Dec. 21, 2014 (San Diego) Last week Proceso had a bombshell. According to Proceso the official story is not just a sham, but things are worst. It is not just that the government refused to help the students, or the local clinics refused to offer medical care, or that the local police turned the students over to the Guerreros Unidos. Nope, it was not just the Mayor of Iguala, or the Chiefs of Municipal Police Departments. That be bad enough. The Federal Government knew about the events in real time, and likely was a participant.
Proceso writes “According to the información obtained by Proceso, at the Normal in Ayotzinapa, the attack and disappearance of the students was directed to the ideological estructure of the school, and the self government of the institution, since of the 43 students who went missing, one was a leader in the Committee for the Struggle, the self government of the school. 10 were activists under development, from the Committee of political and ideological formation (COPI for it’s initials in Spanish.”
This means this was a political hit. They were targeted because these young men and women, at a Rural School, are perceived to be a direct threat tot the state.
This gets much worst. According to the report, the C4 center, which translates to Emergency Communications and Control, knew of the location of the students second by second. They were, according to Processo targeted. The official story has collapsed if they even got some of this right. What does this mean? Well, some of the reactions in Guerrero have been swift. Local populations in the Costa Chica (small coast), which is where a lot of the guerrilla movements have emerged in the past, have demanded the army leave. They see them as a destabilizing force who cannot be trusted. This goes against the government view that the army is the most trusted agency in Mexico.
This does not end in Guerrero. In the state of Michoacan, which has been in a low intensity civil war for now over a decade, there was a shootout in the Ruana municipality. If you have never heard of Hipolitio Mora, it is time you do. He was the leader of the Autodefensas de Michoacan, a group of civilians, that just like Guerrero State, took up arms to defend themselves against the Narcos, and the state. He was arrested last year and accused of murder. A judge released him due to lack of evidence, but he was ordered to leave the autodenfensas; which he did. Yet the government has formed a group of rural police to in theory patrol and bring the cartels to heel.
To nobody’s surprise, these rurales have been extremely ineffective. Last week there was a shoot out at La Rauna, one of the fallen was his son. Mora has called from nothing short than revolution.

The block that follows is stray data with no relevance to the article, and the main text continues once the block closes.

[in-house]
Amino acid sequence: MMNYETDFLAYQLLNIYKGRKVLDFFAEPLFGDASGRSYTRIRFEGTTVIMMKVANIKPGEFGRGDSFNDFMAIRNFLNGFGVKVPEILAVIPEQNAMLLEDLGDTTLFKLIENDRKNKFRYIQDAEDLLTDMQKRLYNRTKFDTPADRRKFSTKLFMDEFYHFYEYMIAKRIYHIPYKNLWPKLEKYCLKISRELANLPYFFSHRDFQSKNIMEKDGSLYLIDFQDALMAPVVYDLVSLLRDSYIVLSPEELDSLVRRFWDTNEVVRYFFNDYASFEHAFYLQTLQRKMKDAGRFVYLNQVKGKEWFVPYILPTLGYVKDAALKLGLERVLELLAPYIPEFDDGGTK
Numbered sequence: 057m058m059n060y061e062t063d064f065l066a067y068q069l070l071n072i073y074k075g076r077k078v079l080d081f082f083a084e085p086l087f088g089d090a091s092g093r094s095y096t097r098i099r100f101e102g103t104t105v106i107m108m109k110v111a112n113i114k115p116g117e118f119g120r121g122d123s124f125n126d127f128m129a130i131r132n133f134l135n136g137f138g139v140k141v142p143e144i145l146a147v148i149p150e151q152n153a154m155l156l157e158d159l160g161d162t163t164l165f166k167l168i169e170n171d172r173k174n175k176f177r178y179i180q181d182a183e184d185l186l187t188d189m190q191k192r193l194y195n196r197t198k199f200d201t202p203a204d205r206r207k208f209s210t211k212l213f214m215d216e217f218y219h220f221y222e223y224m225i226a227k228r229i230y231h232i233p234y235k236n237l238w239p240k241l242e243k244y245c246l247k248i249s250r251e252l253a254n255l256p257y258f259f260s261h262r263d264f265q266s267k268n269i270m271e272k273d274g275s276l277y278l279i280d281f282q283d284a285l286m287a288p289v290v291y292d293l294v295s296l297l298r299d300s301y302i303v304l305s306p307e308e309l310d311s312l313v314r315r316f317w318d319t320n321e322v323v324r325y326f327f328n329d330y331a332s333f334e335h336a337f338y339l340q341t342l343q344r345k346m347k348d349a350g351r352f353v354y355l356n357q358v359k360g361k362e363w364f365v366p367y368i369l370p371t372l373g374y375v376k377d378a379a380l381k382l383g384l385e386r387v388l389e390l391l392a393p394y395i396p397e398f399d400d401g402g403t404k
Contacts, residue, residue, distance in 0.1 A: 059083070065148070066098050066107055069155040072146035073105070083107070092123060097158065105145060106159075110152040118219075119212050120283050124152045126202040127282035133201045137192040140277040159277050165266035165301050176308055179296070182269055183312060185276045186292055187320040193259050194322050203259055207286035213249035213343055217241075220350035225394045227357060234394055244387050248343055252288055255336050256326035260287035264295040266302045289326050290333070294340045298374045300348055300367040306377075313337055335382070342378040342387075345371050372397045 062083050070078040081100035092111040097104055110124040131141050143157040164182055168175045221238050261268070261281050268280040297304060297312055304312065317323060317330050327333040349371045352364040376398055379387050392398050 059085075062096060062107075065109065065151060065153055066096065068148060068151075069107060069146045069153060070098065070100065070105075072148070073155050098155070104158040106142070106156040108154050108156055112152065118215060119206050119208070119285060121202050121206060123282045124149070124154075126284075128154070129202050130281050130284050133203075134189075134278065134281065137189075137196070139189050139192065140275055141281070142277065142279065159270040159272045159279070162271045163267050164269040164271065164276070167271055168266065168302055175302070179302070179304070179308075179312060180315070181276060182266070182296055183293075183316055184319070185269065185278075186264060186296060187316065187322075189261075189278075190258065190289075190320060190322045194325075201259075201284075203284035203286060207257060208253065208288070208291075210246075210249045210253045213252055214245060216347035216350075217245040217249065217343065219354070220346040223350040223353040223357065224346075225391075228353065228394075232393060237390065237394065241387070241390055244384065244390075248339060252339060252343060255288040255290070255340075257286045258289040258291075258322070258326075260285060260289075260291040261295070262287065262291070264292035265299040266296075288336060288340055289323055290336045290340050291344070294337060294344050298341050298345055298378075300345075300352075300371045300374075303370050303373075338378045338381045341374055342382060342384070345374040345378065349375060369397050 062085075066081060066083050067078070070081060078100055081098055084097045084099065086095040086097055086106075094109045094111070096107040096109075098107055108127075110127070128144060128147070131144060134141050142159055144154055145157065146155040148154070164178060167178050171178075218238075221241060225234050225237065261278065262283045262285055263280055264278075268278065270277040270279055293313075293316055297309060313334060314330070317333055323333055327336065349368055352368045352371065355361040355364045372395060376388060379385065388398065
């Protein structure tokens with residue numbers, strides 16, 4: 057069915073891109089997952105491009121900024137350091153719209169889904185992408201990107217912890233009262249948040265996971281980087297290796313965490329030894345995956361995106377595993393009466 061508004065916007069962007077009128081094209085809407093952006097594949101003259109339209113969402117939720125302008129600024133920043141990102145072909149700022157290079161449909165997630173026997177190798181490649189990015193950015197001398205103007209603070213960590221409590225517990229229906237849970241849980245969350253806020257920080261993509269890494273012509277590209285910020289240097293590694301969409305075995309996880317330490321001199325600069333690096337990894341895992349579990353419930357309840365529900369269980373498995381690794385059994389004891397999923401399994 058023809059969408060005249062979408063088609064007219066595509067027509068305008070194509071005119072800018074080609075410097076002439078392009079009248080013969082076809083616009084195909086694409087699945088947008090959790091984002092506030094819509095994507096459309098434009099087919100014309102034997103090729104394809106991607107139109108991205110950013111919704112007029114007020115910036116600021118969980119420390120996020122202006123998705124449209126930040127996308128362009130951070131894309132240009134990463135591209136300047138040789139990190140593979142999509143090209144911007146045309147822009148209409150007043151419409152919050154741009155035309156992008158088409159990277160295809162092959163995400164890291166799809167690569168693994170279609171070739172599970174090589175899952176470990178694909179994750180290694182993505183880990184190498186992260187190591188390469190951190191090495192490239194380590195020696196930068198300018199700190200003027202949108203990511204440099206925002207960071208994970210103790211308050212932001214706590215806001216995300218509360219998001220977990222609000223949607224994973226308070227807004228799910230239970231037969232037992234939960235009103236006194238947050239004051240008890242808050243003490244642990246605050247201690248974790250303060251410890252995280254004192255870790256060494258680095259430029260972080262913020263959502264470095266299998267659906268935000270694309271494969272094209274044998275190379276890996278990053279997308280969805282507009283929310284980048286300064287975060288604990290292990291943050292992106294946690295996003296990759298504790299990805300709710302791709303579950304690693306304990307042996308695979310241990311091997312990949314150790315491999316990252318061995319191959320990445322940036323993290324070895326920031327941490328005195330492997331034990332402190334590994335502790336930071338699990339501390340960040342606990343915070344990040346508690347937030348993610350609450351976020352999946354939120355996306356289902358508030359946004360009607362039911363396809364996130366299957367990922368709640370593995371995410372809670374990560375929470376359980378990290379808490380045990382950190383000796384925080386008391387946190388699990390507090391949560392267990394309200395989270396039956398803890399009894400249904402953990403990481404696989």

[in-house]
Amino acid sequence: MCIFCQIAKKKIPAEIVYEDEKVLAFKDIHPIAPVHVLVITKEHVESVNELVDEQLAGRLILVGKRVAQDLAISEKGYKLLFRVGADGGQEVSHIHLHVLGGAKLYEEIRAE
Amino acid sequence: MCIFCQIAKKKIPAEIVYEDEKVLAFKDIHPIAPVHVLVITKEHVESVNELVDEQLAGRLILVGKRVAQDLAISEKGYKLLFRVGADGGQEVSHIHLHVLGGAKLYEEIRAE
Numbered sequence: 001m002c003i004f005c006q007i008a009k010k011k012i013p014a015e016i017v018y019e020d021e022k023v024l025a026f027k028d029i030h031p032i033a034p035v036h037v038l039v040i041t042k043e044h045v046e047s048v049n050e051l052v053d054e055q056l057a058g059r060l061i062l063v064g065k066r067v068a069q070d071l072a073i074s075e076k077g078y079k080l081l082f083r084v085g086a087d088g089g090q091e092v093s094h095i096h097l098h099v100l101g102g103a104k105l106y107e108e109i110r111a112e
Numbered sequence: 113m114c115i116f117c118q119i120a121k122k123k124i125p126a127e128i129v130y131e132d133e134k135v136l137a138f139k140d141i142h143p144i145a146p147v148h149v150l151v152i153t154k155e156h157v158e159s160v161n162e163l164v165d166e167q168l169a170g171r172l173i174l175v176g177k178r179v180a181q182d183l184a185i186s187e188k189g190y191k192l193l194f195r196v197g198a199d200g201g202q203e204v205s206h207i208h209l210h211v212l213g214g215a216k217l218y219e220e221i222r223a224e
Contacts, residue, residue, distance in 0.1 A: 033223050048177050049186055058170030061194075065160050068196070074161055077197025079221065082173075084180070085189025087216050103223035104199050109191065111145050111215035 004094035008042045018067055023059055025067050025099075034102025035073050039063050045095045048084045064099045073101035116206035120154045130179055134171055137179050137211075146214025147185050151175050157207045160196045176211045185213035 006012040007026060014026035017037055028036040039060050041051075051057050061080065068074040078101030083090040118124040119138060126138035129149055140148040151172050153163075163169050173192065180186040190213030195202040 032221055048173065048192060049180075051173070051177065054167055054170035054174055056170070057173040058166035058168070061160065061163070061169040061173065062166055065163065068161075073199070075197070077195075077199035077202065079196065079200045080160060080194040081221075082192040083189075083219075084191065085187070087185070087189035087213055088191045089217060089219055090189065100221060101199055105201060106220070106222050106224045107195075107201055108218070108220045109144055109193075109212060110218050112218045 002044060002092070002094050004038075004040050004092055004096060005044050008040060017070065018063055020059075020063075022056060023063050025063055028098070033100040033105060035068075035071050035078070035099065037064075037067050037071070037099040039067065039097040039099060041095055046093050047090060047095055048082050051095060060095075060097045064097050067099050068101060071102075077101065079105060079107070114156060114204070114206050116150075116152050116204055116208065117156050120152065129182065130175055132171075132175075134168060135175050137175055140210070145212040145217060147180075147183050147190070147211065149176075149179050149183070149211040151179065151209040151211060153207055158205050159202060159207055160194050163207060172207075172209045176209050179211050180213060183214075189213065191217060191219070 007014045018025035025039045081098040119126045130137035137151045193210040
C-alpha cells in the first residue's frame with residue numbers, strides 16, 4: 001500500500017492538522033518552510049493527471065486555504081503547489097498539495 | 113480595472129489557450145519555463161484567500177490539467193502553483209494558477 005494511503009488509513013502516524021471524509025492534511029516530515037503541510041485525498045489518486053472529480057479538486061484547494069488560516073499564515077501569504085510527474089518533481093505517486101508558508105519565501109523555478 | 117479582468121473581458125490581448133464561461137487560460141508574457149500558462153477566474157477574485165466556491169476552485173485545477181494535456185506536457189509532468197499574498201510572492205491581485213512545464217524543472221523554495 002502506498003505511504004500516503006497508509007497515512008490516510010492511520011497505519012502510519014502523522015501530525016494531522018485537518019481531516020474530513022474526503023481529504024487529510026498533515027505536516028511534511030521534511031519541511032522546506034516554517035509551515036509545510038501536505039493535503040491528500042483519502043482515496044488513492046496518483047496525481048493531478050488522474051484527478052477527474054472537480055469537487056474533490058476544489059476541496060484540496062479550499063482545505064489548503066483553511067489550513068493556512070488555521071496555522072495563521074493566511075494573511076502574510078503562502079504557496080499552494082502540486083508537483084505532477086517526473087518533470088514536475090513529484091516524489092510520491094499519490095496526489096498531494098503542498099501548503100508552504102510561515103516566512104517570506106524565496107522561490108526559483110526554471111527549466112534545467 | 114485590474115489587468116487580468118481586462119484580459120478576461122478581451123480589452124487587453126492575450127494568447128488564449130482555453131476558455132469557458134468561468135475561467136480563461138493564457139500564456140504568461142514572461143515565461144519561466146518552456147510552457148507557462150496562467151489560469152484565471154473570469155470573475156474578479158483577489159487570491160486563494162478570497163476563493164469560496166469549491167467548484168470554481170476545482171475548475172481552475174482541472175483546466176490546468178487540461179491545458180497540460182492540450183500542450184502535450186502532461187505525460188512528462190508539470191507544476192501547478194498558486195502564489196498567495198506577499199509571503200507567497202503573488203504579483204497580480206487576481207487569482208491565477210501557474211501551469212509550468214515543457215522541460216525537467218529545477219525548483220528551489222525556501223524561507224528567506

What is going in Mexico is nothing short than the beginnings of a revolution and the end of trust to institutions. This slide started under the government of Felipe Calderon Hinojosa. His election to the Presidency was not clean and there were many rumors that the election was stolen from Andres Manuel Lopez Obrador, who ran under the Partido Revolucionario Democratico plank. John M. Ackerman has compared his reaction to the legitimacy problems that George W Bush had after he was elected in 2000. Both men used the military option as a distraction from their own problems.
There is quite a bit of truth insofar as Calderon declared war against the cartels sending Mexico into a tailspin of insecurity. Then there are the Merida accords that allowed the US to send military aid to Mexico as well as advisers. None of these advisers have been very open due to a well trodden history of distrust going back to the war of 1847. This said, the advisors did not start with Calderon. They just increased by orders of magnitude. The Drug Enforcement Administration (DEA) has been operational in Mexico for decades.
Many have forgotten about Enrique Camarena Salazar who was taken prisoner, tortured and killed by the cartels in 1985. This was done by the Guadalajara Cartel. The case these days has mostly been forgotten, but it does foreshadow the relationship of the Mexican Government with the narcos, as well as the use this has for the US Government. Back then it was a way to finance the Contras. It was one of many ways the Reagan administration carried out the war against the Sandinistas in Nicaragua.
These days the relationship between the Mexican government and the cartels has become more clear with the Ayotzinapa case. The official story is starting to unravel, and the dirty war is accelerating pace. It is not just a war against the poor, while these are the main victims so far. It is a war against democracy which is a threat to the stability needed for international investors.
The eyes of the world are on Mexico. The question is how will the government react as it feels increasingly under siege, as the official story unravels?
Nadin Abbott has a masters degree in Mexican History from San Diego State University.
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